After the death of Pope Shenouda III, the mechanics ground into motion picking his replacement. On Sunday, a blindfolded 6-year-old reached into a glass bowl (symbolizing God's hand in the choice), and picked the name of the pope-designate, Bishop Tawadros.
This new patriarch comes at a time when Christians are grappling with a wave of sectarian violence, new Islamist domination of politics, and internal pressures for reform. Voice of the Martyrs USA spokesman Todd Nettleton explains, "There were some who thought Pope Shenouda was too involved in the political process. In fact, there were some who thought he was too close to President Mubarak and to the government during that time period."
In his first interviews, Tawadros made clear what his priorities would be and promised a "housecleaning." Nettleton says, "He--in his first interviews--talked about the importance of the spiritual, as opposed to the political, as opposed to the worldly. So, I think we can pray for him to be a godly leader for the Coptic Church, to be a godly representative of Christians to the Muslims that he will encounter: Muslims in government and other Muslims in Egypt."
He's facing a difficult transition, notes Nettleton. For four decades, Shenouda acted as the Copts' chief representative in public life. "There are some who think this is a religious figure, it's a religious authority, and they should stay completely separate from the affairs of state. However, there are others who say, ‘This man is the representative of Egyptian Christians. If he doesn't speak out about persecution, if he doesn't speak out about religious freedom, who will?'"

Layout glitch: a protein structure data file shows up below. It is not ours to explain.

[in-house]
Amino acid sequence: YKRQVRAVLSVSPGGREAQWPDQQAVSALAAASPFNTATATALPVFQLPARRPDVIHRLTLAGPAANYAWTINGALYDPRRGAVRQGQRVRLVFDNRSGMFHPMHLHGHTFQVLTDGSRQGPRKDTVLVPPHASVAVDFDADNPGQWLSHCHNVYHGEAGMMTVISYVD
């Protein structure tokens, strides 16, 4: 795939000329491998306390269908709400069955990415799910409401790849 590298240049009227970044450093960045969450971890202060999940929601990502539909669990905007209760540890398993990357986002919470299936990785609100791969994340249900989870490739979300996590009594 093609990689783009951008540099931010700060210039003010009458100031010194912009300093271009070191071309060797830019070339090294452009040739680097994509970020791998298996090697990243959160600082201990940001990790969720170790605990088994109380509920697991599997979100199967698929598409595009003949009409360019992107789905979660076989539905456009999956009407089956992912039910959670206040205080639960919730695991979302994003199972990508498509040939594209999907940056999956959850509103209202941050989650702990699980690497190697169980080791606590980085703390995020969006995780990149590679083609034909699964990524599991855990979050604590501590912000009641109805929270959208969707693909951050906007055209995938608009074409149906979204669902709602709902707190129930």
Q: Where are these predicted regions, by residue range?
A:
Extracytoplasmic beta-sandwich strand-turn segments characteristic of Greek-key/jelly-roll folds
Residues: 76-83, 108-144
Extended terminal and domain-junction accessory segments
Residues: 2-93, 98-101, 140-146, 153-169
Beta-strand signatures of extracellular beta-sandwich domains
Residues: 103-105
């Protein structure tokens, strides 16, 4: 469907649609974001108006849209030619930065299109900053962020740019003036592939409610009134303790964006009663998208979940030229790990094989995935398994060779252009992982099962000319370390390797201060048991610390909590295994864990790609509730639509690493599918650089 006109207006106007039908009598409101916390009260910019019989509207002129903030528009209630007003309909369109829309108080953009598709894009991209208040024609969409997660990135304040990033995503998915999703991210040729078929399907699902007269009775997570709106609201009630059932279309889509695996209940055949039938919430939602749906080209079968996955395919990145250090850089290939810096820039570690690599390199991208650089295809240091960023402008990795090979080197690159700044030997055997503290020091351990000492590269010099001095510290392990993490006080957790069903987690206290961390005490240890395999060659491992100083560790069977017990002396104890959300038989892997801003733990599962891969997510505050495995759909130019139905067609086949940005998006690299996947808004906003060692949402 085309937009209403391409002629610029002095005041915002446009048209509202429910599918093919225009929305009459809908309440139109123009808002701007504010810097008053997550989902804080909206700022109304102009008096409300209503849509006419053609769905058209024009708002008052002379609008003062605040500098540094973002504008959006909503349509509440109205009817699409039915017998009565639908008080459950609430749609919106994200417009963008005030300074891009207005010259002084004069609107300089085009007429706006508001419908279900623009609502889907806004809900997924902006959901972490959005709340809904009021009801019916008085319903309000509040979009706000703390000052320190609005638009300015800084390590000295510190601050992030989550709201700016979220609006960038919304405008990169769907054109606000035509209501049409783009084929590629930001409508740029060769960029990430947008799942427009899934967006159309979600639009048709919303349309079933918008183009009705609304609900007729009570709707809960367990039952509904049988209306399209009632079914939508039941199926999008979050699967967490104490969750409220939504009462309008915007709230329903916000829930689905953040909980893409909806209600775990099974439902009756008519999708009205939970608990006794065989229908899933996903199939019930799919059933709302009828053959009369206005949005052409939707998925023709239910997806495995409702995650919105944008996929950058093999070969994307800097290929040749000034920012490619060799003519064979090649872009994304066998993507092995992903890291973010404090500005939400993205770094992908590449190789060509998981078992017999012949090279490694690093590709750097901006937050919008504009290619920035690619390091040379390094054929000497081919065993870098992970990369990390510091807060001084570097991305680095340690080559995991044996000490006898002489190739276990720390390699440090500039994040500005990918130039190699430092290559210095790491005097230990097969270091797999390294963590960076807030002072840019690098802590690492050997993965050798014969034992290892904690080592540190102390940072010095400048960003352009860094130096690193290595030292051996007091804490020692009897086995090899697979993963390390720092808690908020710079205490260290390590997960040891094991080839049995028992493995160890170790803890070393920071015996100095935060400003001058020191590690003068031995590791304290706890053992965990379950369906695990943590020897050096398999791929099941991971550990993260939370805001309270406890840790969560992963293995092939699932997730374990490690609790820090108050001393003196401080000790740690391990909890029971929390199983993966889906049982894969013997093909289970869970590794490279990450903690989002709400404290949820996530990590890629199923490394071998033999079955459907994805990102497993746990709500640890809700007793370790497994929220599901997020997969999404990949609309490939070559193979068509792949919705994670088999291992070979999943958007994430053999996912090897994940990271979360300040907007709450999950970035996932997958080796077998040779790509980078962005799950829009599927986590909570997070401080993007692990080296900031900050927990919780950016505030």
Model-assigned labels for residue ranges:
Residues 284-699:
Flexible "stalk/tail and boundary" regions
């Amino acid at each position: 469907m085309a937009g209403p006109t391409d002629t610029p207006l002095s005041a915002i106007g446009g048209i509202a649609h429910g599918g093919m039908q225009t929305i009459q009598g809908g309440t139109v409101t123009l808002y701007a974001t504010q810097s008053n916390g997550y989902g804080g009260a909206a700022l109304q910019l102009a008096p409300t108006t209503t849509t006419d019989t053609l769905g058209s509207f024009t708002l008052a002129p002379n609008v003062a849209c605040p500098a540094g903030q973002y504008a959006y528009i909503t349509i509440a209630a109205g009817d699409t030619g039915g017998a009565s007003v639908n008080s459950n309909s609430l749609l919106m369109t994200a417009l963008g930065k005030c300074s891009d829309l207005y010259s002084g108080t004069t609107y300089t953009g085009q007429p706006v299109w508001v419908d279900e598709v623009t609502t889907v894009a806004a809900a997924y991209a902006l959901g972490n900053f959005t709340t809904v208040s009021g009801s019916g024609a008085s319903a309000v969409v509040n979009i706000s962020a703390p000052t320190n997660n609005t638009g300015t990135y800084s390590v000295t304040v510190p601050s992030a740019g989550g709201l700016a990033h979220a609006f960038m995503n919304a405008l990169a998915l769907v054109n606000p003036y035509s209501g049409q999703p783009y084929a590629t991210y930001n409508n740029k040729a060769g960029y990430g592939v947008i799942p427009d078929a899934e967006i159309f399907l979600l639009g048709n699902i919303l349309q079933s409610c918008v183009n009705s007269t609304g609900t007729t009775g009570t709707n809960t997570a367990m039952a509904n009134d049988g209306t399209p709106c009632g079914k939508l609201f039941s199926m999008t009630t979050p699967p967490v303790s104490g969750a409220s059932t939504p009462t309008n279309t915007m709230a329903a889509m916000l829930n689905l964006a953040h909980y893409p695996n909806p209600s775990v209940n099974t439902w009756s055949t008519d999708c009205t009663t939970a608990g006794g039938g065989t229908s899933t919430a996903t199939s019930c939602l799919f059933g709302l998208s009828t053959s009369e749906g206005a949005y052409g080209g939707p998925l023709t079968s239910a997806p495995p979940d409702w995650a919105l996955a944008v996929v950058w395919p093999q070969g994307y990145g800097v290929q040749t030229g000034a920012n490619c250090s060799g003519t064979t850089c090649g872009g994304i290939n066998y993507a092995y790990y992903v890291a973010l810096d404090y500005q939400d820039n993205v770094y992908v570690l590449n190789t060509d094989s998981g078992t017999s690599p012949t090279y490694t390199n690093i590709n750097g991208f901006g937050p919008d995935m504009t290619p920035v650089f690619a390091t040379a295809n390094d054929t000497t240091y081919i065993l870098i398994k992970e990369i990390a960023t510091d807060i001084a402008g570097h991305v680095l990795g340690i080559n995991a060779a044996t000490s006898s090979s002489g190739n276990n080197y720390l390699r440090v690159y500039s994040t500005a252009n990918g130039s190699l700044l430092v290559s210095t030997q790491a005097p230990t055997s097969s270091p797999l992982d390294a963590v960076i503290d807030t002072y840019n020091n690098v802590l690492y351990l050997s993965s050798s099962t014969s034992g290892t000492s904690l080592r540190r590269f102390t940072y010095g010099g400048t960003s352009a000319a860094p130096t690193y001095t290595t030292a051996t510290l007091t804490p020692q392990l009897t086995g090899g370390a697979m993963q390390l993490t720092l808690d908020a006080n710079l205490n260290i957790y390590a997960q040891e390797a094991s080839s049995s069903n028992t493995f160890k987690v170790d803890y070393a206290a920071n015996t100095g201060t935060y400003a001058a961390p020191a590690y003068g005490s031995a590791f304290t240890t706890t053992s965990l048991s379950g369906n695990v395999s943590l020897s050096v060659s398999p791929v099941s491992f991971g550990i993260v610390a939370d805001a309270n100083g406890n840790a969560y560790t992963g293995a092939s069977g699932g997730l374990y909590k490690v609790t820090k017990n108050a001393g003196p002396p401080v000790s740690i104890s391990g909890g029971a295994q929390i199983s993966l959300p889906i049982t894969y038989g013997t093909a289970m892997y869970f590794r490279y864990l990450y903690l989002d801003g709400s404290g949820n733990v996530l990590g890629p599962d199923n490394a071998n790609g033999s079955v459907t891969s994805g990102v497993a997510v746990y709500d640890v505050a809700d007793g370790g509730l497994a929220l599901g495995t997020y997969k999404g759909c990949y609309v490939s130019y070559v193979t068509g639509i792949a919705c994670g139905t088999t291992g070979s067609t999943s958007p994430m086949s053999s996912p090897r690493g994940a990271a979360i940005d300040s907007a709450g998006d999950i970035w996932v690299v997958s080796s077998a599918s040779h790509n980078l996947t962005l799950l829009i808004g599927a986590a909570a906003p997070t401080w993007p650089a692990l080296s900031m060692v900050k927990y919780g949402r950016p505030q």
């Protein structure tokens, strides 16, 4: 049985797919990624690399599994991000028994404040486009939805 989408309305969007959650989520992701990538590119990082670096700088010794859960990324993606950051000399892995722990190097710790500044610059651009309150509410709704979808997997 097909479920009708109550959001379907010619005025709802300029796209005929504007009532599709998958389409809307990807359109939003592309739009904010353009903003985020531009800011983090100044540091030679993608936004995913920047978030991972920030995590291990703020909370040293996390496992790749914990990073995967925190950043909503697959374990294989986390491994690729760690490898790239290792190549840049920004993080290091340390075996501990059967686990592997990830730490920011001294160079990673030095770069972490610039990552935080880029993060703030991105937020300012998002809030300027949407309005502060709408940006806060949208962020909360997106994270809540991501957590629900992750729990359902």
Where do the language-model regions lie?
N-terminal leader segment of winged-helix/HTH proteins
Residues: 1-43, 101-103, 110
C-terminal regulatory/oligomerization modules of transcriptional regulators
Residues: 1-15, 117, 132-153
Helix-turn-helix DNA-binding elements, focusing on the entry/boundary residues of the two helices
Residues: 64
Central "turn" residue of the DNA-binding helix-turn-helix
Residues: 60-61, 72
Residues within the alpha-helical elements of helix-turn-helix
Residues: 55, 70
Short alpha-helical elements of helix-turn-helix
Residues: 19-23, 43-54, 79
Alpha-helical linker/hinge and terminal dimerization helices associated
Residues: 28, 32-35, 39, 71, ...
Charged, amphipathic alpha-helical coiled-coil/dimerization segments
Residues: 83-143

While Bishop Tawadros spoke of integrating in society as a scriptural Christian trait, "He talked about the importance of the spiritual, as opposed to the political, as opposed to the worldly. So I think we can pray for him to be a godly leader for the Coptic Church, to be a godly representative of Christians to the Muslims that he will encounter: Muslims in government and other Muslims in Egypt."
Copts are estimated to make up about 10% of Egypt's 80 million people. Many made the effort to make peace with the regimes, but when those regimes were overthrown, it left Christians to fend for themselves within a hostile ideology.
Egypt's current constitution allows for freedom of conversion, but Muslims converting to Christianity are unable to change their religion or their name on their identification cards. Without this change, doors and opportunities are closed to new converts.
However, Nettleton says the circumstances of the Iranian Revolution were similar. While it didn't look great for followers of Christ on the surface, the challenges were necessary to create revival. "We need to pray for a sense of encouragement. I think, secondly, we need to pray for opportunities to witness because there is so much going on and there's so much tumult, and upheaval in Egypt right now. That can be a time of great witness, that can be a time of great revival and a great hunger for the Gospel of Jesus Christ."
Source: Mission Network News